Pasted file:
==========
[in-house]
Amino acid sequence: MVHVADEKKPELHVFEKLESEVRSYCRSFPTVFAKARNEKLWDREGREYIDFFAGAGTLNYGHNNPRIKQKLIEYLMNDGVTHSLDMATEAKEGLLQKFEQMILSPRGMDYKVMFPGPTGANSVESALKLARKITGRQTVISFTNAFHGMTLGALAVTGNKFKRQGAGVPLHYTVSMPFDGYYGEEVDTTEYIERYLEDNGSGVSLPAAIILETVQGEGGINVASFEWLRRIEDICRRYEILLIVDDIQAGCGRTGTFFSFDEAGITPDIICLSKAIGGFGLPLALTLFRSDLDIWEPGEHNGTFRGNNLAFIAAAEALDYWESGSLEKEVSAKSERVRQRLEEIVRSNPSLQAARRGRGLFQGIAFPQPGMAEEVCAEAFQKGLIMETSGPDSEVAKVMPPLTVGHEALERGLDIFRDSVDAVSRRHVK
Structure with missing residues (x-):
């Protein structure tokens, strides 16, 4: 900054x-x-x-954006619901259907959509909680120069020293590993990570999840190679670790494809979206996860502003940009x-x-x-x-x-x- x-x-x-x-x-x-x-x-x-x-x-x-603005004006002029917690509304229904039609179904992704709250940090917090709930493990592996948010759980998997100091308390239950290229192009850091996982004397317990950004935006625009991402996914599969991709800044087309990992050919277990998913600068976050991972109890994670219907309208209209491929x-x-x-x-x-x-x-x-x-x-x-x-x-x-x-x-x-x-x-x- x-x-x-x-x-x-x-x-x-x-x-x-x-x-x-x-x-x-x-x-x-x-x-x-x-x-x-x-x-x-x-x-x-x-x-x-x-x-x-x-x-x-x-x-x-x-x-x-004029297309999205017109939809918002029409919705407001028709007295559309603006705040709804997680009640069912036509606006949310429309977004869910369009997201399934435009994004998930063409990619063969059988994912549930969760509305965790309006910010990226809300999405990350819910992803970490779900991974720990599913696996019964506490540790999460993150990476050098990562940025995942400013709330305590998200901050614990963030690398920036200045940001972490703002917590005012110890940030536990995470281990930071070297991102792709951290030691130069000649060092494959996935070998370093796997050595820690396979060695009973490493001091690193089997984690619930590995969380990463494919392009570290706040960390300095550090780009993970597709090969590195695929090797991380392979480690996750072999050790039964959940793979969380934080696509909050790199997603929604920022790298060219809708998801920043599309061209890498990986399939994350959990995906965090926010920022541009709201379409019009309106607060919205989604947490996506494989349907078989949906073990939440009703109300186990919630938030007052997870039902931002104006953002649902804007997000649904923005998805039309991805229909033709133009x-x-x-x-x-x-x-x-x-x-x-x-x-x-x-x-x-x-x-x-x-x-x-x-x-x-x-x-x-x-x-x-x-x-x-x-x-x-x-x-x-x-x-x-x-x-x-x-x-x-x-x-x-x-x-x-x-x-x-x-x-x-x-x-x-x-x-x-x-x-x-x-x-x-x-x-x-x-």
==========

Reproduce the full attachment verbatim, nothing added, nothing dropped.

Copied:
[in-house]
Amino acid sequence: MVHVADEKKPELHVFEKLESEVRSYCRSFPTVFAKARNEKLWDREGREYIDFFAGAGTLNYGHNNPRIKQKLIEYLMNDGVTHSLDMATEAKEGLLQKFEQMILSPRGMDYKVMFPGPTGANSVESALKLARKITGRQTVISFTNAFHGMTLGALAVTGNKFKRQGAGVPLHYTVSMPFDGYYGEEVDTTEYIERYLEDNGSGVSLPAAIILETVQGEGGINVASFEWLRRIEDICRRYEILLIVDDIQAGCGRTGTFFSFDEAGITPDIICLSKAIGGFGLPLALTLFRSDLDIWEPGEHNGTFRGNNLAFIAAAEALDYWESGSLEKEVSAKSERVRQRLEEIVRSNPSLQAARRGRGLFQGIAFPQPGMAEEVCAEAFQKGLIMETSGPDSEVAKVMPPLTVGHEALERGLDIFRDSVDAVSRRHVK
Structure with missing residues (x-):
């Protein structure tokens, strides 16, 4: 900054x-x-x-954006619901259907959509909680120069020293590993990570999840190679670790494809979206996860502003940009x-x-x-x-x-x- x-x-x-x-x-x-x-x-x-x-x-x-603005004006002029917690509304229904039609179904992704709250940090917090709930493990592996948010759980998997100091308390239950290229192009850091996982004397317990950004935006625009991402996914599969991709800044087309990992050919277990998913600068976050991972109890994670219907309208209209491929x-x-x-x-x-x-x-x-x-x-x-x-x-x-x-x-x-x-x-x- x-x-x-x-x-x-x-x-x-x-x-x-x-x-x-x-x-x-x-x-x-x-x-x-x-x-x-x-x-x-x-x-x-x-x-x-x-x-x-x-x-x-x-x-x-x-x-x-004029297309999205017109939809918002029409919705407001028709007295559309603006705040709804997680009640069912036509606006949310429309977004869910369009997201399934435009994004998930063409990619063969059988994912549930969760509305965790309006910010990226809300999405990350819910992803970490779900991974720990599913696996019964506490540790999460993150990476050098990562940025995942400013709330305590998200901050614990963030690398920036200045940001972490703002917590005012110890940030536990995470281990930071070297991102792709951290030691130069000649060092494959996935070998370093796997050595820690396979060695009973490493001091690193089997984690619930590995969380990463494919392009570290706040960390300095550090780009993970597709090969590195695929090797991380392979480690996750072999050790039964959940793979969380934080696509909050790199997603929604920022790298060219809708998801920043599309061209890498990986399939994350959990995906965090926010920022541009709201379409019009309106607060919205989604947490996506494989349907078989949906073990939440009703109300186990919630938030007052997870039902931002104006953002649902804007997000649904923005998805039309991805229909033709133009x-x-x-x-x-x-x-x-x-x-x-x-x-x-x-x-x-x-x-x-x-x-x-x-x-x-x-x-x-x-x-x-x-x-x-x-x-x-x-x-x-x-x-x-x-x-x-x-x-x-x-x-x-x-x-x-x-x-x-x-x-x-x-x-x-x-x-x-x-x-x-x-x-x-x-x-x-x-």